Midwife says unfair policy threatens career

Sharon Foster, a certified midwife nurse, says she had to quit her job because she couldn't find a doctor to sign a collaborative practice agreement, giving her the green light to handle home births.

Foster's clinic posted her story on Facebook Wednesday. Nearly 200 people shared the post and called the KWCH 12 newsroom, asking Eyewitness News to do a story to dig up answers and bring the root of this problem to the surface.

"It's frustrating. It's sad," Foster says. "I have a lot of patients that are being forced to change. One lady was due any time."

Foster is a certified nurse midwife. In her position, she needs a doctor's approval to practice each year. This is unlike Deidre Degrado, a certified professional midwife. Her title is similar, but Degrado does not need that formal approval from a doctor.

However, she also does not have the advanced-learning degree like Foster.

"The playing field needs to be leveled, and the certified nurse midwives, many like (Foster) who have a tremendous amount of experience and high level of education are basically required to be held to a higher standard than the CPM's are," Degrado says.

Degrado said CNMs have collaborated agreements in Kansas City, Manhattan, Lawrence and other cities. She also knows hospitals in Topeka employ midwives in their hospitals and birth centers. She said Wichita hospitals don't have midwives.

A few days ago, Foster quit her job because she couldn't find a doctor to sign for her. And she wants to know why.

OBGYN Jonathan Scrafford says it comes down to liability and safety.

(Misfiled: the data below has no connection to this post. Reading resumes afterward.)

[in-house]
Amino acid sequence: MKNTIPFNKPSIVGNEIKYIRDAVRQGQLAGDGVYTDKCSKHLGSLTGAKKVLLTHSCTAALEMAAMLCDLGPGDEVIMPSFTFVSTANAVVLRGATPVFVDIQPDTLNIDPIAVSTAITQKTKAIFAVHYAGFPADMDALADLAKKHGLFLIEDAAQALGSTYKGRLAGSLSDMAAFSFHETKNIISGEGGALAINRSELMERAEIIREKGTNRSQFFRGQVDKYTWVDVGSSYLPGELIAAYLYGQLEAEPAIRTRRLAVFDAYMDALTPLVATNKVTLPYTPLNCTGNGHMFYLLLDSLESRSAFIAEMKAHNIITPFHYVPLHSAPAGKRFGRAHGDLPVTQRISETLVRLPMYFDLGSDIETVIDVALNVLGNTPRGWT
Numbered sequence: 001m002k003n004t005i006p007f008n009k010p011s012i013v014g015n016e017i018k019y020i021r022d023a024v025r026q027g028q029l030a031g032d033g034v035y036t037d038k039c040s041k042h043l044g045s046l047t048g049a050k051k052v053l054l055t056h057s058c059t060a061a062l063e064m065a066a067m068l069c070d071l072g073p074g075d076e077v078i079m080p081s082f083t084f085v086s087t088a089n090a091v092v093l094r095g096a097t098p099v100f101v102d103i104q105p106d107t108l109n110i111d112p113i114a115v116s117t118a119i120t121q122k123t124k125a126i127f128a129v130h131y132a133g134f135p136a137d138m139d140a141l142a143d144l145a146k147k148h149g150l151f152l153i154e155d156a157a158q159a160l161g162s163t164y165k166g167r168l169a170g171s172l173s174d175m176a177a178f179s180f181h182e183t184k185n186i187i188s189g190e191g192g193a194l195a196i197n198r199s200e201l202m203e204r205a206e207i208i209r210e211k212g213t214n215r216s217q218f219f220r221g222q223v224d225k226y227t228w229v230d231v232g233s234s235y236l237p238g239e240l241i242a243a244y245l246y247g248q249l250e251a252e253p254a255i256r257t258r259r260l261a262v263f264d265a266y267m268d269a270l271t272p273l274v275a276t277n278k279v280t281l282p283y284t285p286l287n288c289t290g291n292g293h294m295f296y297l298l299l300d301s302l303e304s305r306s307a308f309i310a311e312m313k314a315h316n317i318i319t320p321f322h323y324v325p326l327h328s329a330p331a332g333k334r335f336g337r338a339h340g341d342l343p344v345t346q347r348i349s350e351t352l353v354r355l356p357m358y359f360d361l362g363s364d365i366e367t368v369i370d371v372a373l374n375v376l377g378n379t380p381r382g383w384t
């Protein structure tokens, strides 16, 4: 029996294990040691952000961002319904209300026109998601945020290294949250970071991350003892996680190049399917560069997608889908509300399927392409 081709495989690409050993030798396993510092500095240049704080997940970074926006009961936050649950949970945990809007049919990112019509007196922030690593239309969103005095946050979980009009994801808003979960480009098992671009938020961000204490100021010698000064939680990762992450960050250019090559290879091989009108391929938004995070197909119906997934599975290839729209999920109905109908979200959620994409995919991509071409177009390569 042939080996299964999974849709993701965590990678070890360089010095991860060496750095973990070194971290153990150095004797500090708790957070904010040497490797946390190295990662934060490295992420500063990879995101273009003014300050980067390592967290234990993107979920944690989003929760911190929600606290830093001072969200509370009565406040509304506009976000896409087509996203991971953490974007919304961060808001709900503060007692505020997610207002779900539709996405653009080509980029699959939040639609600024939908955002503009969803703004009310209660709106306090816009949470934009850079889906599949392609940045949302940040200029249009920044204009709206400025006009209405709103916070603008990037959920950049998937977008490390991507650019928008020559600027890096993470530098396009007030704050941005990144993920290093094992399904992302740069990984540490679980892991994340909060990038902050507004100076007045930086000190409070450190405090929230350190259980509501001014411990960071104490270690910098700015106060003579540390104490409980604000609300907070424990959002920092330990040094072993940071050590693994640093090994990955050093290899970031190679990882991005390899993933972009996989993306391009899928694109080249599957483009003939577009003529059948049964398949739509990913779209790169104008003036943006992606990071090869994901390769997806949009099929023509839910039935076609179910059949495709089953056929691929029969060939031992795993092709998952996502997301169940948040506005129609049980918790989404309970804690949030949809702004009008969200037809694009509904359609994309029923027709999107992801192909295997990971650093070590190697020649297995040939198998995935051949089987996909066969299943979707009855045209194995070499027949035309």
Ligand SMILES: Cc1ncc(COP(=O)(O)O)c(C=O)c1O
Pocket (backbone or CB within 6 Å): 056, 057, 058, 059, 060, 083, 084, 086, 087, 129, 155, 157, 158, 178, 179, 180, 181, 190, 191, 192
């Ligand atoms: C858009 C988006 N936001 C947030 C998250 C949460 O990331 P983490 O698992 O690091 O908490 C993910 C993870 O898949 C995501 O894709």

"Probably the two most common reasons OBGYNs are not willing to sign collaborative agreements for home births are either due to concerns about safety which usually draws from just the idea that home births are not safe, and there is some backing for that within the American college of OBGYNs. The ACOG does consider home births to have a higher rate of complications than planned hospital delivers, so some of that draws from safety," said Scrafford.

He said it also comes down to liability.

"My understanding is typically vicarious liability is not upheld in a court of law in these cases because the physician does not have a direct interaction or supervision with the mid-wife," Scrafford says. "But the idea of signing collaborative agreement often times puts the fear of liability in the heart of an obstetrician."

Scafford said Wichita is the largest market in the country without midwives delivering at accredited medical facilities, and he believes it would benefit women if that changed.

For Foster, the concern comes with what she says is a lack of options for women in the community.